While thinking back through the content of last week’s Fortune Brainstorm Health conference, I was struck by how many of the people who are making a significant impact in the cancer care sector had no prior healthcare background at all. What each of them did have in common though was a personal experience with the healthcare system, which had exposed a pain point where they felt their skills and experience could make a difference.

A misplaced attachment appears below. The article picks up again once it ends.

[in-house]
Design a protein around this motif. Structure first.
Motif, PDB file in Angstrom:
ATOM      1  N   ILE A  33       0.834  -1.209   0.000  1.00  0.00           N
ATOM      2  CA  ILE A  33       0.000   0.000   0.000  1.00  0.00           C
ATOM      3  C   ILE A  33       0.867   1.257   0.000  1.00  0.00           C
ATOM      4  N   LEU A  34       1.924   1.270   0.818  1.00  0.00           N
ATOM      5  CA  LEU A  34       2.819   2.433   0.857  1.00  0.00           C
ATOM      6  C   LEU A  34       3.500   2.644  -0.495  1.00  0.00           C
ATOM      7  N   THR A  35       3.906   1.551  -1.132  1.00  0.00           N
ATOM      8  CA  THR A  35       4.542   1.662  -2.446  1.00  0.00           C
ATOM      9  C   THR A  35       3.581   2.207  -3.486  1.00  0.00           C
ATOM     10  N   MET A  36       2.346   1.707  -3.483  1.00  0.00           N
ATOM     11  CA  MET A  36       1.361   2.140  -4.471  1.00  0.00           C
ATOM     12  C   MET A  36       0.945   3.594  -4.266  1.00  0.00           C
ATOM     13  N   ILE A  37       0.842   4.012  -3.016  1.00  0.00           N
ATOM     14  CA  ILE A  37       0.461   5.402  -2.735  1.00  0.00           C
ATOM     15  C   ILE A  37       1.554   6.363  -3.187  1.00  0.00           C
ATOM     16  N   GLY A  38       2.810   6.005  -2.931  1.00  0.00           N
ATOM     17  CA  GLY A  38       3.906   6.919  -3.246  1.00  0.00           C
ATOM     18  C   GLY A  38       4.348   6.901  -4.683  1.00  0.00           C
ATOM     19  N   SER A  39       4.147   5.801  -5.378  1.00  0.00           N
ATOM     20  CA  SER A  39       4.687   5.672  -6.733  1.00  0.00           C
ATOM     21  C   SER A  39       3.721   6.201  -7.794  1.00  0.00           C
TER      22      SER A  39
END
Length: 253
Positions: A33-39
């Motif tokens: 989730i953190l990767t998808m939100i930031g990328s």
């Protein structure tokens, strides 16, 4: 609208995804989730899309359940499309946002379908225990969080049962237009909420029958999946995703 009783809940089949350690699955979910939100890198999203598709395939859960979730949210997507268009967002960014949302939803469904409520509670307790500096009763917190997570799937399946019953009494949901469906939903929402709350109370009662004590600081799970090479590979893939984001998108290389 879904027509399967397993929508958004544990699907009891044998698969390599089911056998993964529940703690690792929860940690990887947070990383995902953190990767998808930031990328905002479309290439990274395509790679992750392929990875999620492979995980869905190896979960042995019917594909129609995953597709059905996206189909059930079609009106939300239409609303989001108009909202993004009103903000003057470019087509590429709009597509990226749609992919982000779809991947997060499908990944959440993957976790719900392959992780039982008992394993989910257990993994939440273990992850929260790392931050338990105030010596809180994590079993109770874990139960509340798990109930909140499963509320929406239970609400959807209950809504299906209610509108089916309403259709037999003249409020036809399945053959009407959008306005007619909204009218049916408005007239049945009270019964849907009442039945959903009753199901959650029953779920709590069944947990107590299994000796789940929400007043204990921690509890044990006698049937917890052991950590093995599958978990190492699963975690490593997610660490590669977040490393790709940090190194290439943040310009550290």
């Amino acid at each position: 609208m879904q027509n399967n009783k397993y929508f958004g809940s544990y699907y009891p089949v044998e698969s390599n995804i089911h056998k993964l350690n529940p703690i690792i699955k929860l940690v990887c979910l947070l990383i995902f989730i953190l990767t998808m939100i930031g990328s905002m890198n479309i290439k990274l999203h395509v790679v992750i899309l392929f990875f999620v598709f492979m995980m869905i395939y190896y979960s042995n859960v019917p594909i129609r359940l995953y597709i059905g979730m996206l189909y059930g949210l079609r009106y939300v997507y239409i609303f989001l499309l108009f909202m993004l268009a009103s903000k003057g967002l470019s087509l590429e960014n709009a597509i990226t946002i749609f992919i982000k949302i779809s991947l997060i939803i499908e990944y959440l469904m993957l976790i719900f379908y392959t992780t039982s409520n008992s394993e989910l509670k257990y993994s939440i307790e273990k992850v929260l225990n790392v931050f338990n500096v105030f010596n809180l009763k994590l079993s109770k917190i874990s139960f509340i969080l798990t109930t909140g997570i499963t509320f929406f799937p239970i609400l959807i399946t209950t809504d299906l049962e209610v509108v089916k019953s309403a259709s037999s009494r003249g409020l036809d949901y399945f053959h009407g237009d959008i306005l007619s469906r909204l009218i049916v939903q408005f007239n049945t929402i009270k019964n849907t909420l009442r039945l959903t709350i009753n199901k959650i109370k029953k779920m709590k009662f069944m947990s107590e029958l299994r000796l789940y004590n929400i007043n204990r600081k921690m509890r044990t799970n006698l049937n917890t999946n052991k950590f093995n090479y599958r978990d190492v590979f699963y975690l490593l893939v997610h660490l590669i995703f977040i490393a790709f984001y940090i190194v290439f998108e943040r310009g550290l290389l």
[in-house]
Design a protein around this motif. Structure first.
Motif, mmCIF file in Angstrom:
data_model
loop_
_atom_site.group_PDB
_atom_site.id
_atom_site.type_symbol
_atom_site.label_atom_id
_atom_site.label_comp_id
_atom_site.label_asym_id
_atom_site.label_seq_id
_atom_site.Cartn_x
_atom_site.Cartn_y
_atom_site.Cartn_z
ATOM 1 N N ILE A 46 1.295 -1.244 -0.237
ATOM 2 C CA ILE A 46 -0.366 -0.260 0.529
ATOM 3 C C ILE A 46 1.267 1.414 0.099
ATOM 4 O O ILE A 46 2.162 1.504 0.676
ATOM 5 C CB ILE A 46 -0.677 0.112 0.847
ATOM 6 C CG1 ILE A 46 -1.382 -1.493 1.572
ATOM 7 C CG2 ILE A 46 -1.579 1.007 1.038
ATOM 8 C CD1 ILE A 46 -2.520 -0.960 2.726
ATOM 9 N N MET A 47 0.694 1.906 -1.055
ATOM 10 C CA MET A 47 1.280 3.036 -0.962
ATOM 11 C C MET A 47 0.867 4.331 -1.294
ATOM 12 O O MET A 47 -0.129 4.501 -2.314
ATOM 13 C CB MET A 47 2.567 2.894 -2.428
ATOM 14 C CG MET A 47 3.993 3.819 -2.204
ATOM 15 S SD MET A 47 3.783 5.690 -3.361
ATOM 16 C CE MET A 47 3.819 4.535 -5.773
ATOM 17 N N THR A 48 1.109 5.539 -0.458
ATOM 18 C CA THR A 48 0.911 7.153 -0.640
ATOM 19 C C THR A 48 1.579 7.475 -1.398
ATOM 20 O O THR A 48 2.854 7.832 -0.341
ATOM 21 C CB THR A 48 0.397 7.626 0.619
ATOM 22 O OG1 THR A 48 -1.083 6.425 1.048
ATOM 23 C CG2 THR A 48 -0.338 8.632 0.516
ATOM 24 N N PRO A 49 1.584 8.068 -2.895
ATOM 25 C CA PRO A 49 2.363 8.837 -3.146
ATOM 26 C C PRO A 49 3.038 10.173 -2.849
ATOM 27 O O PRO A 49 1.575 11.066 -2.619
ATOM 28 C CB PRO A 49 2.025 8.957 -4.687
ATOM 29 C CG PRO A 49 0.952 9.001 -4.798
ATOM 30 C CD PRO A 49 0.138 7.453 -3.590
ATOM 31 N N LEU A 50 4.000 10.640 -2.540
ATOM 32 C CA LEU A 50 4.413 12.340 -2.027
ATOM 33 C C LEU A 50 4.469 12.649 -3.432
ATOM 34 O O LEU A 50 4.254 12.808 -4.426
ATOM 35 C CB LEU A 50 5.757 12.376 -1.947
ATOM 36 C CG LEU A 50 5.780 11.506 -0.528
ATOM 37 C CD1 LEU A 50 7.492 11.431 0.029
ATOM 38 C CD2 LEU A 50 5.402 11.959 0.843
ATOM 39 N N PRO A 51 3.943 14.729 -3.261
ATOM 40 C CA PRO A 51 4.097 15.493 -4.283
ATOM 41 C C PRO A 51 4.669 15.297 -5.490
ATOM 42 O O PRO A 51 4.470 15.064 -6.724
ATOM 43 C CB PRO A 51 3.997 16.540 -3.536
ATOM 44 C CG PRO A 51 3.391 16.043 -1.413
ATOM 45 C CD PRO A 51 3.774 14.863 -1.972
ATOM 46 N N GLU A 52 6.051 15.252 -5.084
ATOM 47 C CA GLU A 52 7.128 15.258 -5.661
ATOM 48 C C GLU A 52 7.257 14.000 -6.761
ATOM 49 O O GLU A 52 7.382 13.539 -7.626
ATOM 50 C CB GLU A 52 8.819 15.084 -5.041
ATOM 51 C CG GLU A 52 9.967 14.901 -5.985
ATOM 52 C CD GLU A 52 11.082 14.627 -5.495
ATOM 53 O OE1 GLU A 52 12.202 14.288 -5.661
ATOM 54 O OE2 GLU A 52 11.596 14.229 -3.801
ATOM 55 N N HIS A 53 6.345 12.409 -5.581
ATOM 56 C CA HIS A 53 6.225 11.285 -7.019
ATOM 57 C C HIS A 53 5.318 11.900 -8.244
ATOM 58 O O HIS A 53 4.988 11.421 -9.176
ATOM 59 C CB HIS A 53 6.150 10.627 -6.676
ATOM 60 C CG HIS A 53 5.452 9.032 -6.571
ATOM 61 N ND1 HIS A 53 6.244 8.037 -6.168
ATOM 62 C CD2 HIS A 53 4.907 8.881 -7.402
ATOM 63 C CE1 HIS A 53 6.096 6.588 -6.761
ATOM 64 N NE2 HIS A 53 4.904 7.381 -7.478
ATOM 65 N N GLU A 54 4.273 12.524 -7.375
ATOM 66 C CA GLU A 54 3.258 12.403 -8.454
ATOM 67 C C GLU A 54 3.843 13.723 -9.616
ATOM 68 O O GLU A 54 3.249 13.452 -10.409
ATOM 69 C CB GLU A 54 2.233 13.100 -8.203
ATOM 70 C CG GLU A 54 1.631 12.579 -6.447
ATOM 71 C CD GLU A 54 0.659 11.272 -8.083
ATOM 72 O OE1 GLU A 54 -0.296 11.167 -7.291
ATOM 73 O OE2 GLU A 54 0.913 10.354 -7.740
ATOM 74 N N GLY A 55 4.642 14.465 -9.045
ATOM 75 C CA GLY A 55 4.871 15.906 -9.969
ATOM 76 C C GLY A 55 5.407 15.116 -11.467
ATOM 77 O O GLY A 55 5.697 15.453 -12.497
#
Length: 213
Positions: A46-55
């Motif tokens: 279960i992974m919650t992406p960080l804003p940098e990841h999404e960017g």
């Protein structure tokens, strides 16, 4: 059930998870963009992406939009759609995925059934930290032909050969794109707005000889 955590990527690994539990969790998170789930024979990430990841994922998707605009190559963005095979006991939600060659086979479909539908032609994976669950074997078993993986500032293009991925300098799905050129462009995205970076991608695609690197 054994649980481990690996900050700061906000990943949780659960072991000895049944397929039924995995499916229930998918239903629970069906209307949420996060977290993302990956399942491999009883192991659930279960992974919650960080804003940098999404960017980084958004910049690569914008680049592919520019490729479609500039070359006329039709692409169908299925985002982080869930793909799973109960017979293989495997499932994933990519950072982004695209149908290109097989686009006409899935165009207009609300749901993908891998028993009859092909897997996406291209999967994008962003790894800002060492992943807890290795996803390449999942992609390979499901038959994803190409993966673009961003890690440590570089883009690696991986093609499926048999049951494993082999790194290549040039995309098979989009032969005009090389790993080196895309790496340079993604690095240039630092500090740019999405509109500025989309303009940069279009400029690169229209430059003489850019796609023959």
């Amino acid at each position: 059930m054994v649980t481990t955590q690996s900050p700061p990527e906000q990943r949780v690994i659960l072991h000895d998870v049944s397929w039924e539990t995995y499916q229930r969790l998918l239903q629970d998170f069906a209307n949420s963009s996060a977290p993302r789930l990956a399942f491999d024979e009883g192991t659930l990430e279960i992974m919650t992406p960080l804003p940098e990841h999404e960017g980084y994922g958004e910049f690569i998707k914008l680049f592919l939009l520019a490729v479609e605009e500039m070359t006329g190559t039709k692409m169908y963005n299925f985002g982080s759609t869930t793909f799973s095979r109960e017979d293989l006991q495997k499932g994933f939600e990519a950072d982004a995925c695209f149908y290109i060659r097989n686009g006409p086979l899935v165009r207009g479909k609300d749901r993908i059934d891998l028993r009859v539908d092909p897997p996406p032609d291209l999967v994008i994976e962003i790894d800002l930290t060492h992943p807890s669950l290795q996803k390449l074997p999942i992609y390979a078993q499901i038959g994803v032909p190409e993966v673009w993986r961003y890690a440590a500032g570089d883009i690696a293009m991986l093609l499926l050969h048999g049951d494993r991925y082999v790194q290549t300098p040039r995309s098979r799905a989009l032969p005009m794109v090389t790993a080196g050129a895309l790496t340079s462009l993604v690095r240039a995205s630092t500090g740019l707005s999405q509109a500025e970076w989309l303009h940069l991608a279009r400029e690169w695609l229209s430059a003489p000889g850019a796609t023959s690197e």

Mark Bertolini, the CEO of Aetna insurance saw his son diagnosed at 17 with an extremely rare cancer, and spend the next year in his hospital room connecting the various components of the healthcare system and ultimately seeing him survive, the only one of the 34 people who had ever been diagnosed with that particular cancer at the time to do so. Mark then broke his neck in five places skiing and went through his own long recovery journey. In both of these instances he found his son classified as a cancer patient, and himself as a spinal injury patient, with the person they were and what was important for them in driving their recovery unrecognised. He is a firm believer that truly personalised medicine is about finding solutions that allow you to do what you would like to do, but that your health is preventing you from doing, and that social investment can play a big role in delivering on that. Aetna is making logistic connections to connect individuals with resources that already exist in the local community, with the goal of improving health outcomes. They are building relationships with Home Depot that will have them install mobility ramps for seniors, and using Uber to transport isolated seniors to social centres. Interestingly for me as a pharmacist, Aetna is also working with CVS to utilise the proximity of their pharmacy network and the existing frequency of consumer visits to deliver health programs.Erik Lefkofsky, the co-founder of Groupon and Echo Global Logistics, companies which were all about aggregating large amounts of data, discovered when his wife was diagnosed with breast cancer that healthcare had a very different approach to data management. He felt he was giving better access to data to truck drivers in his logistics company than he was seeing oncologists provided with, and decided to do something about changing that. That led to the formation of Tempus, which is focused on combining genomic information with clinical data to provide a complete picture to physicians – what patients responded to what treatments. Tempus has a goal of building a data layer that sits on top of existing clinical systems and combining that information with genomic testing results to build a data set large enough for patterns to emerge, and intends to pass those emerging patterns back to academia to validate. Erik believes that if you put good data in the hands of good physicians and good researchers then amazing things will happen. Jimmy ‘Taboo’ Gomez, singer with the Black Eyed Peas shared his own experience of being diagnosed with testicular cancer in 2014. His cancer is now in remission, and in the work he’s doing in raising awareness he realised just how significant the discrepancies in health care access were for Native Americans vs the general population. He’s now committed to using his profile to shine a spotlight on Native American health issues, and bringing about change. I’ve been to a reasonable number of healthcare conferences and events in the US, and this was the first one where I’ve ever heard Native American health mentioned, and conversations with a number of my fellow attendees revealed similar experiences, so it’s fair to say he’s already making an impact. There was one speaker in particular though whose personal story had everyone spellbound. Joe Biden, the 47th Vice President of the United States, shared the impact that his son Beau’s diagnosis with a brain tumour had on him, and how it had imparted a sense of urgency and purpose. He told us that his first reaction was to do what any parent does when faced with a cancer diagnosis for their child, go out and learn as much as you can as fast as you can. What he discovered was that when Nixon declared a war on cancer in 1971 he did so with no army. It was a one person in a lab model, with not much ability to share information or data, and 40 years on very little has changed.